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Atlantic Storm

Daniel S. Hamilton, Bradley T. Smith
Date posted:
January 15, 2006
Publication type:

EMBO Rep 2006;7(1):4-9

Wiley Blackwell
Available on publisher's website

On 14 January 2005, ten heads of government from Europe and North America and the Director General of the World Health Organization (WHO; Geneva, Switzerland) were scheduled to meet for a 'Transatlantic Security Summit' in Washington, DC, USA, to discuss the threat of international terrorism. On the eve of the meeting, news broke that citizens from several European countries appeared to have become ill with smallpox; shortly thereafter suspected smallpox cases appeared in the USA. Although the assembled leaders did not know it at the time, a radical terrorist group had obtained seed strains of Variola major—the virus causing smallpox—and deliberately released the virus in a number of main transport hubs and sites of commerce throughout Europe and North America. On 14 January, the heads of states who gathered in Washington were confronted with one of the worst nightmares imaginable: the use of contagious and deadly disease as a weapon.

Luckily, the real world has been spared such an attack—this scenario was a simulated exercise with the aim of assessing how the international community would react to such a rapidly evolving public health emergency. The Atlantic Storm exercise was designed to provoke imagination and to prompt action by making the reality of a deliberately caused epidemic more vivid (Smith et al, 2005). The exercise underscores our shared responsibility to prevent, prepare for and respond to such a threat at an international level, as the lessons learned from it are relevant to all large-scale, destabilizing epidemics of infectious disease—be they natural or intentional. Atlantic Storm vividly illustrates that preparedness matters: heads of state cannot be expected to create the necessary emergency response systems in the midst of an international health and security crisis.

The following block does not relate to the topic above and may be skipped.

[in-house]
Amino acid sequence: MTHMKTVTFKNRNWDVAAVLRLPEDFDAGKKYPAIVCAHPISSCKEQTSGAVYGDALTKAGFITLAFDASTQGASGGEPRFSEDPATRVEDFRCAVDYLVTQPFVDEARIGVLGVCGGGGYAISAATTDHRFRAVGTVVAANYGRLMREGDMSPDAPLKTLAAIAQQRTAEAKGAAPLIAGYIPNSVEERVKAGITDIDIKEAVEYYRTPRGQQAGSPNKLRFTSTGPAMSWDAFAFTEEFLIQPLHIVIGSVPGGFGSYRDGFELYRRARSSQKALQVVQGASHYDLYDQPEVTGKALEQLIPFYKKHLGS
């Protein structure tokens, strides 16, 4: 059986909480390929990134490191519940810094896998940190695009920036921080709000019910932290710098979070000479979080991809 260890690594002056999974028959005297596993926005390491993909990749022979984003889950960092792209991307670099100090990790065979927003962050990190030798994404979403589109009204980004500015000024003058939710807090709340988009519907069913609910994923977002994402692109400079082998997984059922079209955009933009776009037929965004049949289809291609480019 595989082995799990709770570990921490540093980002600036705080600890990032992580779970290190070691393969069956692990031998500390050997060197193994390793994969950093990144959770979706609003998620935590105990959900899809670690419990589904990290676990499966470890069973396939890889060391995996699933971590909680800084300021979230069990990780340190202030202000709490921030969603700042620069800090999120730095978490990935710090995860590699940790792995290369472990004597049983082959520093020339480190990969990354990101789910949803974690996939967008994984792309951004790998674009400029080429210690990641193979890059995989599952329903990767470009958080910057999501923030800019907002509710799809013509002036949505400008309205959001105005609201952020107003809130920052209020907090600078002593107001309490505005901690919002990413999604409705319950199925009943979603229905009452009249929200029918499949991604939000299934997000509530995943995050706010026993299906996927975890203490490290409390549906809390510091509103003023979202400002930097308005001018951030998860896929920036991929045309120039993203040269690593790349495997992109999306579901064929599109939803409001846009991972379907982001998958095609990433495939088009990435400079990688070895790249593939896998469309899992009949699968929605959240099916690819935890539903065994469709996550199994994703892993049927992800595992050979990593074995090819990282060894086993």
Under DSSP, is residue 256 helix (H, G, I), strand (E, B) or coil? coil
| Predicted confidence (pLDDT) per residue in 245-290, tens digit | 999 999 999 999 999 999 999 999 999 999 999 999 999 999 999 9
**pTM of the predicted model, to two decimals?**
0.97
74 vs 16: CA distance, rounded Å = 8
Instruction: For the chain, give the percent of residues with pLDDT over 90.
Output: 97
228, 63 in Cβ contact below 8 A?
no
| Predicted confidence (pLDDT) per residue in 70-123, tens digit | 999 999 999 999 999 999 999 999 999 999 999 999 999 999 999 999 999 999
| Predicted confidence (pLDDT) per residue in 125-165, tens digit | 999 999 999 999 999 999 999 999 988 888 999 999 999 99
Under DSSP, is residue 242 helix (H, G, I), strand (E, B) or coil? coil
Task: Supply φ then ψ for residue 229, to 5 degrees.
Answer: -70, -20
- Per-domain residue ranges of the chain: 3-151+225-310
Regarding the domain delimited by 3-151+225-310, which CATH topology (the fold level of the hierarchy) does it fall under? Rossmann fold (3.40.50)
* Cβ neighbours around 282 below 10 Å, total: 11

Full article as PDF • Atlantic Storm website



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